Mums is the Word
I'll have to admit I made this watermelon appetizer back in July, but I've made it again since and it's been a proven winner recipe. It's an easy hors d'oeuvre made with four simple ingredients. Take this to a barbeque or football watching party while there's still time and watermelon is still in season.
I found this treat when I was invited to a Bastille Day party with some French friends. It was a potluck backyard party and guests were assigned a certain part of the meal according to where their last name fell in the alphabet. Mine fell in the hors d'oeuvre category. Now, I could have bought a hunk of cheese and a baguette (which was my original lazy thought) but I knew everyone else the category would too. And once I arrived at the party I was proved right. There were about a gazillion baguettes and almost the same number of hunks of nice smelly French cheese.
I had waited until the day of the party to decide what to take, so it would have to be one of those fast and easy meal kind of things. I perused online et voila, mes amies, I found the answer.
People went nuts for these, and that was before they tasted them. They make a lovely presentation, which garnered a lot of talk and excitement. I tried them at a barbeque that I hosted in August and the results were the same. A crowd pleaser.
Watermelon and Herbed Goat Cheese Hors D' Oeuvres
Cut the watermelon into slices with a sharp knife. In the floral business and in the kitchen, I've learned what a difference a sharp knife can make in your life. Trust me, a sharp knife is safer and sooooo much better to use. You will thank me, I promise.
Cut the slices about 3" deep or to match the depth of your cookie/vegetable cutter...more on that below.
I couldn't find the right cookie cutter, which I was sure I had...but I had already bought the melon and the goat cheese and sliced the watermelon (giant watermelon) and time was running short. So, like we always do at the flower shop I improvised.
You know those plastic scoops that come in a coffee can or a container of protein powder (yuck) or powdered lemonade? I found one of those and popped it into the first slice of watermelon. (Never throw anything away!) It worked great, except for one small detail. The bottom of the scoop made it impossible to get the melon out without totally smashing it. So I took a nail and hammer, made a hole in the bottom of the scoop, then cut out to the edges with some garden shears until I had a cylinder. I also used the shears to cut off the scoop handle. Now i could just sink my cylinder into the melon and pop it out with my finger cleaned everything very thoroughly after handling the hammer and nail of course). I would recommend just having some cookie/vegetable cutters on hand though, especially cute shaped ones like stars or hearts.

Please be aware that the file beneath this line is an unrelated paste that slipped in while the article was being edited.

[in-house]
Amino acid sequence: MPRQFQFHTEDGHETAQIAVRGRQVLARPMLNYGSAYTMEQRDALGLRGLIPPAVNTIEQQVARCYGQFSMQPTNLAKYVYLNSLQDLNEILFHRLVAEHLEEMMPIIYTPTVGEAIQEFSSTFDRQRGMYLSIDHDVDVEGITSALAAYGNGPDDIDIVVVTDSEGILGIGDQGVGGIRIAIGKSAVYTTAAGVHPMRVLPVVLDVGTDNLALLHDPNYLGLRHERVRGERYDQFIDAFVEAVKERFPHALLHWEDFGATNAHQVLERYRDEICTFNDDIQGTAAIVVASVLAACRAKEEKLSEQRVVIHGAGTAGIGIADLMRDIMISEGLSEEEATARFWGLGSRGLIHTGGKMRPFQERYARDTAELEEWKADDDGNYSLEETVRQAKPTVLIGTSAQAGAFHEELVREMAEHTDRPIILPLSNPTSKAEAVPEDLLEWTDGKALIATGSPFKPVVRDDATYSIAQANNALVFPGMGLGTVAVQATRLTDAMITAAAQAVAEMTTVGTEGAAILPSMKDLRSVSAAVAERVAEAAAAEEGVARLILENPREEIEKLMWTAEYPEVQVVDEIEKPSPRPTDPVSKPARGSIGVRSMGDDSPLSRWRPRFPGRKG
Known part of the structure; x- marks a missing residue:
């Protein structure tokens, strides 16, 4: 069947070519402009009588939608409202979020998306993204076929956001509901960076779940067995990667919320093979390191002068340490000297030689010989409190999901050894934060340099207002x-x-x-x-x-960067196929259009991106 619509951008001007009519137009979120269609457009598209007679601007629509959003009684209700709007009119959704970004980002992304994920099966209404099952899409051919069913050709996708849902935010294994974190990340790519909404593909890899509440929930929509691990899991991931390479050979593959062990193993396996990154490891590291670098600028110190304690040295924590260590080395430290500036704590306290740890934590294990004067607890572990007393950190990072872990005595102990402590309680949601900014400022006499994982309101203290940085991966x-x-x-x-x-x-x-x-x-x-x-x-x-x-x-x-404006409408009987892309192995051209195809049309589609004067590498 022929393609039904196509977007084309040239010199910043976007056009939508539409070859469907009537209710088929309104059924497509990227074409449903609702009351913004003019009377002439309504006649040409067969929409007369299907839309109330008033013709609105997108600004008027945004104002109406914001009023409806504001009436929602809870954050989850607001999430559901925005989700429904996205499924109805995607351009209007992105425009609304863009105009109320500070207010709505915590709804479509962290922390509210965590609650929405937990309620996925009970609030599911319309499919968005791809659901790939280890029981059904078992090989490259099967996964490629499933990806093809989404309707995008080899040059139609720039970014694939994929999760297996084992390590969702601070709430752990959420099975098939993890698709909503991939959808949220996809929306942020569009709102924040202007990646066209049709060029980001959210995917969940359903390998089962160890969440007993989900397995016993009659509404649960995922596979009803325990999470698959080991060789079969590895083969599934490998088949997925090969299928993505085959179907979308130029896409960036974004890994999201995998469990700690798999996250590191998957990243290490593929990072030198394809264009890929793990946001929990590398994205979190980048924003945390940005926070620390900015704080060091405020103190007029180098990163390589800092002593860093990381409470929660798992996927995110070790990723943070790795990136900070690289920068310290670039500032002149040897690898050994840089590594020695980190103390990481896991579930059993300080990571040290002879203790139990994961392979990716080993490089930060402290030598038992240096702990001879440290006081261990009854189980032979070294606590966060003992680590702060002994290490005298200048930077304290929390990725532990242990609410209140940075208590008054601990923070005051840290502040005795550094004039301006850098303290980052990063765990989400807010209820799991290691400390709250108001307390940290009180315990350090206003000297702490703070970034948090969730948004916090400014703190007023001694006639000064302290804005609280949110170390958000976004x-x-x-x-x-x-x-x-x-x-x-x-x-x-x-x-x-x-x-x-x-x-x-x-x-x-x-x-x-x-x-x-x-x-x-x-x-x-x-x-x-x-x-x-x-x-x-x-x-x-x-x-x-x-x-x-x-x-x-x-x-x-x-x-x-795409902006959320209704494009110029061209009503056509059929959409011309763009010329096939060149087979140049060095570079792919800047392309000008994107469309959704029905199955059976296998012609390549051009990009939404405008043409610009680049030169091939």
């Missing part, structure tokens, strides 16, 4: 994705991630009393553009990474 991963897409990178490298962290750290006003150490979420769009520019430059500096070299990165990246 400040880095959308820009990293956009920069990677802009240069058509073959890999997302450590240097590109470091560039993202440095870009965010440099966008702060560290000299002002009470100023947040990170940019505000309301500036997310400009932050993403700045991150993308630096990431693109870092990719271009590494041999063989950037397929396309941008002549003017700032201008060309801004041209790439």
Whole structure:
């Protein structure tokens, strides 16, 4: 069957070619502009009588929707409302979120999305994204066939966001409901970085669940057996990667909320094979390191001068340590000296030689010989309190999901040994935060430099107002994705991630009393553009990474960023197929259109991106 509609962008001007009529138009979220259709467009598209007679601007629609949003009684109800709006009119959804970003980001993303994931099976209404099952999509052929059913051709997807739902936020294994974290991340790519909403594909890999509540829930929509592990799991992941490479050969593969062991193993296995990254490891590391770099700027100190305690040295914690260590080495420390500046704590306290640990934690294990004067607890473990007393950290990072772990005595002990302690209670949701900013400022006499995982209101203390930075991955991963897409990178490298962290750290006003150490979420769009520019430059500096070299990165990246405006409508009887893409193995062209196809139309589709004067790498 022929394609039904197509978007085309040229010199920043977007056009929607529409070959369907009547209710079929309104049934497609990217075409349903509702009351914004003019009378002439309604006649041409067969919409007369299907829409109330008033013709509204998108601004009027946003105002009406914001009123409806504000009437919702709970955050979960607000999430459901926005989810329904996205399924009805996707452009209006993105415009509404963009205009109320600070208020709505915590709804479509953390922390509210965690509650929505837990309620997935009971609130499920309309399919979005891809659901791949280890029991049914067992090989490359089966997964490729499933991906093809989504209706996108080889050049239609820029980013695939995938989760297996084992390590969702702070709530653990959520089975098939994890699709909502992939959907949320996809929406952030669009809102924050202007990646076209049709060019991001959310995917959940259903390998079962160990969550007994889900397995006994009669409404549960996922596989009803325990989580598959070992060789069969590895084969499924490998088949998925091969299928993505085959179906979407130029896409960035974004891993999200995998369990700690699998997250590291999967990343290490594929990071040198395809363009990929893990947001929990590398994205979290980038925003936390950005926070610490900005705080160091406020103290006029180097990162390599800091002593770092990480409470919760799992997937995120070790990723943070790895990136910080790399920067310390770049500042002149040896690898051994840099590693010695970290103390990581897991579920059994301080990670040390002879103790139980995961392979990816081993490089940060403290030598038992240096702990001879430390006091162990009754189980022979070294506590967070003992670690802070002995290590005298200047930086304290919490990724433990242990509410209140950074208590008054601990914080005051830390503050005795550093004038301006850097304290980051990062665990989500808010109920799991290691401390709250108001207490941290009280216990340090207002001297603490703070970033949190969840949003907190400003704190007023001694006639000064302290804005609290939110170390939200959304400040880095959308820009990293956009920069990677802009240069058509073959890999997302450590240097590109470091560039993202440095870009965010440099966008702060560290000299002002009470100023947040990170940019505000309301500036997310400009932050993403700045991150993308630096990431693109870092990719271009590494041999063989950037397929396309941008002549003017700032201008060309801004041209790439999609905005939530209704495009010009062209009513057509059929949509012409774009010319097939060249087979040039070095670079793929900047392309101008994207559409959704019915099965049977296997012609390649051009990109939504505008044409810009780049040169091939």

Next I used a melon baller to scoop out little divots.
The goat cheese was easier to work with when it was firm, just out of the fridge. I discovered this by accident. The recipe said to let the cheese get to room temperature. The second time I made the recipe, I followed the directions and found the cheese too warm to work with easily. So experiment, but take your goat cheese and mix in a liberal amount of black pepper. Again, another happy accident, at the store the quantities of goat cheese that were the fancy kind from a special farm came in a limited choice of sizes--and let's be honest--prices. I chose a 4oz goat cheese that had cracked black pepper already mixed in (read I went cheap). Best cheap-o decision I ever made. The second time I made it, I used plain goat cheese and my pepper grinder wasn't working so I used ground pepper. It didn't turn out nearly as good as the first time (in my opinion--no one else had a comparison at the second party so they still raved).
Moral of the story, if you can find the goat cheese with black pepper already in it, buy that. If not, a liberal amount of coarse ground pepper.
Cut your choice of herb (I used basil, since I had some growing in a pot on my deck) into small pieces. I wouldn't say fine pieces, just small.
I used the small end of the melon baller to scoop (affiliate link) the cheese/pepper/herb mixture into each divot.
Top with little sprigs or leaves of the same herb for a beautiful garnish and sprinkle with more pepper over the top of the whole thing. Done!
Annie is the owner of Annie's Main Street Floral and the author of "The Final Arrangement," part of the flower shop mystery series. Annie is Immediate Past -President of the Utah Professional Florist Association, a native of Layton Utah, and alumna of Layton High School.